I picked a large tree that was centered perfectly between the pine forest and the hill’s edge I had just walked up. There was a bit of a clearing that ran from the tree to the hill’s edge. I pulled my large bowie knife out of my backpack and began to clean out the clearing and around the base of the tree. I cut away as many small shrubs and branches as I could to make a clear path for me to walk. As I was almost finished the flapping of the wings and the familiar squawking of a murder of crows flying overhead into the pine forest could be heard. Something had kicked them up. The hum and hiss of an ATV engine soon followed. It grew louder and passed. That’s probably what scared them. I’m probably close to one of the paths that run behind the house. I made my way through the underbrush in the direction of where I heard the ATV. Only 20 yards from the tree I chose, I ran into a dirt ATV path. I cleared out a walkway from the tree to the path, marked it and my chosen tree with a ribbon, and followed the path back until I began to recognize the woods behind my house. It was the perfect set up. There was an easy path to follow and I wouldn’t have to worry about scaring any deer on my way to and from the tree stand.

The next day John and I took his four-wheeler up to the tree I had marked off and we setup my ladder stand. I had since forgotten about the cat I had found the previous day. The seat and platform were about 25 feet off the ground, which was the perfect height. I could see everything from the ATV path behind me to the edge of the hill in front of me. I felt good about this spot and I was ready to start hunting the beginning of bow season in the coming weeks.

When bow season finally arrived a few weeks after I had everything set up and I spent my days and evenings in the woods. I saw plenty of deer and even a few bucks that I considered shooters. I was holding out for those two bucks I had seen when I crossed over the hill that first day when scouting though. One of those two monsters is what I was after. I always took my cell phone with me. It was kept on silent incase of an emergency. Strangely enough, because we lived near radio towers, I got good reception from my tree stand and would take pictures of the beautiful scenery around me or send texts to John mocking him about the size of the deer I was going to shoot compared to anything he was going to get on his girlfriend’s farm. Angry Birds also help to pass the time when all the animals in the forest wanted to be still.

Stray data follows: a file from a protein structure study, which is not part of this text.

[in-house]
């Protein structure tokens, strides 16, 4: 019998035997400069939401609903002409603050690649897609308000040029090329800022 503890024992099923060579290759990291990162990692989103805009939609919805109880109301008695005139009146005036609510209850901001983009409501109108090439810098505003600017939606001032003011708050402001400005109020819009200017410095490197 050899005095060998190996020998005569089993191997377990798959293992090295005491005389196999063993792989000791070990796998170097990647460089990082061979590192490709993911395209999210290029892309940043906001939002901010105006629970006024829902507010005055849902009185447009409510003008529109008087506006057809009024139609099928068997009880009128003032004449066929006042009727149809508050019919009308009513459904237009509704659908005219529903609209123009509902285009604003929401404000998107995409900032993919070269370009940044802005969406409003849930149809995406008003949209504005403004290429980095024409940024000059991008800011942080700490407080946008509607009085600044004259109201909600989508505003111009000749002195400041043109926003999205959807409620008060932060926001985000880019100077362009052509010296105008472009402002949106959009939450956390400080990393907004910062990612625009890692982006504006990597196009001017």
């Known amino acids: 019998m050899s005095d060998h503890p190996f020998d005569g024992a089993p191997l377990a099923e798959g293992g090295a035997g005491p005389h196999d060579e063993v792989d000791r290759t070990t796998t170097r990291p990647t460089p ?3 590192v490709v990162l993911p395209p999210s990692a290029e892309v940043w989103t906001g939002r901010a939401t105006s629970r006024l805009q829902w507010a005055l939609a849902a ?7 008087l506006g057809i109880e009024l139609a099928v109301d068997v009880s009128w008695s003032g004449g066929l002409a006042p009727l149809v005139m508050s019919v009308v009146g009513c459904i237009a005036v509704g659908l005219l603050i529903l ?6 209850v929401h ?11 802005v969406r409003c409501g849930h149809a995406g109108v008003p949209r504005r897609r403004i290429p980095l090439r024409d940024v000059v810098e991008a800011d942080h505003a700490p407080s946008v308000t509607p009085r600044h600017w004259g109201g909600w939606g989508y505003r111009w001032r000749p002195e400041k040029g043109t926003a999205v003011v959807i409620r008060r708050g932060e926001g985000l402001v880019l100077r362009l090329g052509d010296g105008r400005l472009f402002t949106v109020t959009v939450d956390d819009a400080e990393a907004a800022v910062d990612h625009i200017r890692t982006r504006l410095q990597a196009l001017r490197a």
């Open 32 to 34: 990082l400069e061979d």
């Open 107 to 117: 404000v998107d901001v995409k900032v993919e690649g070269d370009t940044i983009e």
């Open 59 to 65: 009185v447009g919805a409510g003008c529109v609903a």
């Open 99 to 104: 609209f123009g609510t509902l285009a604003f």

The day, or night rather, that I felt real fear for the first time ever was on October 23rd. It was a cool day and overcast. It was perfect for hunting. I had some errands to run in the morning and had promised to help my father with some housework in the afternoon, which left only the evening for hunting. I was fine with that. It meant I got to hunt the twilight hour, or as hunters know it, the magic hour. It’s that last hour before sunset where everything seems to get brighter before it becomes pitch black and all the animals are on the move.

I was on my way back from running my errands when I pulled into the driveway and saw my father talking to one of our neighbors from down the road Mr. Dawson.

“How are you, Mr. Dawson?” I asked as I stepped out of my car.

“Oh just fine. You’re looking good and healthy and I’m glad to see you home from that hell hole across the pond,” he said with a smile. His black lab was with him obviously out for an evening walk.

“Jake was talking about someone taking his rabbits out of their pen,” my dad started “and I mentioned that John’s family recently had some chickens taken.”

Dawson chimed in immediately. “I know it was them damn town kids because my lab went nuts last night barking up a storm. I threw on the floodlight and the rabbit pen was wide open. I opened my back door and could hear those shits running up through the woods.”

“What the hell is wrong with kids in the town these days,” I stated with disapproval.
“I guess you’ll have to pad lock you pens and cages like John and his dad did.”

“Well that’s the thing,” Mr. Dawson started, “The rabbit pen is chained and locked. Whoever did this broke it clean off probably with a bolt cutter. Now I have to run into the hardware store and get a new chain and lock.”
That evening with my backpack strapped to my back and my bow and arrows in hand I headed out into the cool crisp woods. As I was stepping into the woods I could hear John’s familiar voice call out to me.

“Hey,” he shouted in a proud tone from his back porch. “Got my deer this morning! When you get back from dicking around in the woods you want to come over and have a beer?”

“Yea, I’ll be over. Right after I bag that monster that’s up by my tree stand,” I taunted back!